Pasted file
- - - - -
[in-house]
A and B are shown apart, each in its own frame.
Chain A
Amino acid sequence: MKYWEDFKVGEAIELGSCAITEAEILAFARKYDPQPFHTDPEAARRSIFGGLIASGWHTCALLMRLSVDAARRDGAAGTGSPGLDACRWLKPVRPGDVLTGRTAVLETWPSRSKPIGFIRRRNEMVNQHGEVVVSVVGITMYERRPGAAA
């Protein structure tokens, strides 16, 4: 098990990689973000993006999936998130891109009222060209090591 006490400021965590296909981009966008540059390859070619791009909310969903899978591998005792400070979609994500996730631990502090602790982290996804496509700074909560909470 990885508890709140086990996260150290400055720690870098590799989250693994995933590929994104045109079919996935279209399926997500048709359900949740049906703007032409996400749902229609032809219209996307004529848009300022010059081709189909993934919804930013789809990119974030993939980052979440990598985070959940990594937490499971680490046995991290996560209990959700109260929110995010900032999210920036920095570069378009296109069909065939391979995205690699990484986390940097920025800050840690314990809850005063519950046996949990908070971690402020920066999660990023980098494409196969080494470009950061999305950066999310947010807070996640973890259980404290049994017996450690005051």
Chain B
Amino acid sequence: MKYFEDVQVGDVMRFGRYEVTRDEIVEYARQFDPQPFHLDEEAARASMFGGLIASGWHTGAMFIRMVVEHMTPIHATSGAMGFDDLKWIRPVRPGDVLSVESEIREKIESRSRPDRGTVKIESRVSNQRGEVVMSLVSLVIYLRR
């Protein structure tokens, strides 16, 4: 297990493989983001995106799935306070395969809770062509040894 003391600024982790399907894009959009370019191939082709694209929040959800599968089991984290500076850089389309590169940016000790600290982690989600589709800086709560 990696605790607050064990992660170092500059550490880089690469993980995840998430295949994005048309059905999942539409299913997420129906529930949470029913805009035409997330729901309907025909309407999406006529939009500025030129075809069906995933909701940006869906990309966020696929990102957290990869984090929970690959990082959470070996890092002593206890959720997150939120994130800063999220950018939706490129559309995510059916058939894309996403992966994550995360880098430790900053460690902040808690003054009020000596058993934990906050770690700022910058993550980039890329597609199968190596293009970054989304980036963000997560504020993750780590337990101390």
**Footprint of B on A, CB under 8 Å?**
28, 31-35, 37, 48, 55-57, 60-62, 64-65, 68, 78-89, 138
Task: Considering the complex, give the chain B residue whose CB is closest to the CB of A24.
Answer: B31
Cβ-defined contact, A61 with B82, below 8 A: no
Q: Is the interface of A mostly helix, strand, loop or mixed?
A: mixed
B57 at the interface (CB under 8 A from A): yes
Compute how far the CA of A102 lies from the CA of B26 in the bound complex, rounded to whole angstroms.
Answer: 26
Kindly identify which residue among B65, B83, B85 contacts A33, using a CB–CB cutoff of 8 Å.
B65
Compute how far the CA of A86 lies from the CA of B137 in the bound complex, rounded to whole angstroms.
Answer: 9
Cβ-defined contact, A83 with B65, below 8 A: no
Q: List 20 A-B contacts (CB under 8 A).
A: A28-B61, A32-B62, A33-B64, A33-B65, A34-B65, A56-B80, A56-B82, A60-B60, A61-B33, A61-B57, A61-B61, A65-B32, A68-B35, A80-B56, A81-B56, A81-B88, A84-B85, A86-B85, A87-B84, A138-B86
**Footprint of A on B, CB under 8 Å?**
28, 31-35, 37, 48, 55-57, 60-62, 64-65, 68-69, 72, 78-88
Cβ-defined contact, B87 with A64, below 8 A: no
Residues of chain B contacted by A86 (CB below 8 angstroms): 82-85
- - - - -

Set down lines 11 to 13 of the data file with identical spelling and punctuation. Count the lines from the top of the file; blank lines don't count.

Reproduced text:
Task: Considering the complex, give the chain B residue whose CB is closest to the CB of A24.
Answer: B31
Cβ-defined contact, A61 with B82, below 8 A: no